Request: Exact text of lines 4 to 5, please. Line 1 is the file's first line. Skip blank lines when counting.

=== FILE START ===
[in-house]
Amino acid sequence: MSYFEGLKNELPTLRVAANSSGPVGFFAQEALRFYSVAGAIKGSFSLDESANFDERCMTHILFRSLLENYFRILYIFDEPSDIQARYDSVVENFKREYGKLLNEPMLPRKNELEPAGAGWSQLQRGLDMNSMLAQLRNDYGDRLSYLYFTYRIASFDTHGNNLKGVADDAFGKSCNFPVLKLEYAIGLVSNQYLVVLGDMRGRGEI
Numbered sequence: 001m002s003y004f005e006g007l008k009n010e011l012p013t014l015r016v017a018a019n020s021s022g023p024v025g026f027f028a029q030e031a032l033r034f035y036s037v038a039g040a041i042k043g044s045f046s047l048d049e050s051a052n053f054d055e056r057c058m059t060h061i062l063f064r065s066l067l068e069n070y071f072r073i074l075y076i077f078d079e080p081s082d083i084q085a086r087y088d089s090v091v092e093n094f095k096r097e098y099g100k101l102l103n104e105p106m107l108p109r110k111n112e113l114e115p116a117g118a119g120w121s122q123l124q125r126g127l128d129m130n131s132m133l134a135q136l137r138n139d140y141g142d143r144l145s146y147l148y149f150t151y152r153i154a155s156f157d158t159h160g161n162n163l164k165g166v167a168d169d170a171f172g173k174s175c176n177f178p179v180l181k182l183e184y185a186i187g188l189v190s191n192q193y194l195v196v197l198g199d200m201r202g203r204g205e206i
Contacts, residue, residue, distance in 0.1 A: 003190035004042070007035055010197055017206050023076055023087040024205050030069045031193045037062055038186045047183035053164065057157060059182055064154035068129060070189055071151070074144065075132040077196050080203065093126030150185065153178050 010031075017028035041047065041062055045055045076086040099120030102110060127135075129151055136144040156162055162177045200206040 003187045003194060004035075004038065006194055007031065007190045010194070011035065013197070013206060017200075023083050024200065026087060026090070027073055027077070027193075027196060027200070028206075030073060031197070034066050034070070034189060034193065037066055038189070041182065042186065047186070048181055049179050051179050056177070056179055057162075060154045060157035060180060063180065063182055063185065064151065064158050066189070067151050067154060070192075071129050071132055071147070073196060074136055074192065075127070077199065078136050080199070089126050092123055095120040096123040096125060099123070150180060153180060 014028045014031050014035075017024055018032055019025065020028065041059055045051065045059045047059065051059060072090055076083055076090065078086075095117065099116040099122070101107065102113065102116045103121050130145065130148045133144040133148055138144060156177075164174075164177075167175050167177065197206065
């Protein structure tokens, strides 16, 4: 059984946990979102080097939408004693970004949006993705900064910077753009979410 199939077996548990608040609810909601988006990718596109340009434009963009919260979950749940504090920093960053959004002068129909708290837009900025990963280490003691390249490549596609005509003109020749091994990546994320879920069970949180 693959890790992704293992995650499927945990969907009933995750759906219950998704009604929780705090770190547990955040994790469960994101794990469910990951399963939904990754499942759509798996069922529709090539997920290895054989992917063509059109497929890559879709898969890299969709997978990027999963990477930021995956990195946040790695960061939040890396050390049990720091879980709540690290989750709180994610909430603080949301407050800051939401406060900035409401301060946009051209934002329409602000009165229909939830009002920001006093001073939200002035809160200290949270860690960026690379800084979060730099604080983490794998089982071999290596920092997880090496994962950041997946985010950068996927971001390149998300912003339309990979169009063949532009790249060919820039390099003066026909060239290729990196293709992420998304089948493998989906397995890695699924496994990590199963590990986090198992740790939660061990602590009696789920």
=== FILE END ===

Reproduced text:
Contacts, residue, residue, distance in 0.1 A: 003190035004042070007035055010197055017206050023076055023087040024205050030069045031193045037062055038186045047183035053164065057157060059182055064154035068129060070189055071151070074144065075132040077196050080203065093126030150185065153178050 010031075017028035041047065041062055045055045076086040099120030102110060127135075129151055136144040156162055162177045200206040 003187045003194060004035075004038065006194055007031065007190045010194070011035065013197070013206060017200075023083050024200065026087060026090070027073055027077070027193075027196060027200070028206075030073060031197070034066050034070070034189060034193065037066055038189070041182065042186065047186070048181055049179050051179050056177070056179055057162075060154045060157035060180060063180065063182055063185065064151065064158050066189070067151050067154060070192075071129050071132055071147070073196060074136055074192065075127070077199065078136050080199070089126050092123055095120040096123040096125060099123070150180060153180060 014028045014031050014035075017024055018032055019025065020028065041059055045051065045059045047059065051059060072090055076083055076090065078086075095117065099116040099122070101107065102113065102116045103121050130145065130148045133144040133148055138144060156177075164174075164177075167175050167177065197206065
């Protein structure tokens, strides 16, 4: 059984946990979102080097939408004693970004949006993705900064910077753009979410 199939077996548990608040609810909601988006990718596109340009434009963009919260979950749940504090920093960053959004002068129909708290837009900025990963280490003691390249490549596609005509003109020749091994990546994320879920069970949180 693959890790992704293992995650499927945990969907009933995750759906219950998704009604929780705090770190547990955040994790469960994101794990469910990951399963939904990754499942759509798996069922529709090539997920290895054989992917063509059109497929890559879709898969890299969709997978990027999963990477930021995956990195946040790695960061939040890396050390049990720091879980709540690290989750709180994610909430603080949301407050800051939401406060900035409401301060946009051209934002329409602000009165229909939830009002920001006093001073939200002035809160200290949270860690960026690379800084979060730099604080983490794998089982071999290596920092997880090496994962950041997946985010950068996927971001390149998300912003339309990979169009063949532009790249060919820039390099003066026909060239290729990196293709992420998304089948493998989906397995890695699924496994990590199963590990986090198992740790939660061990602590009696789920």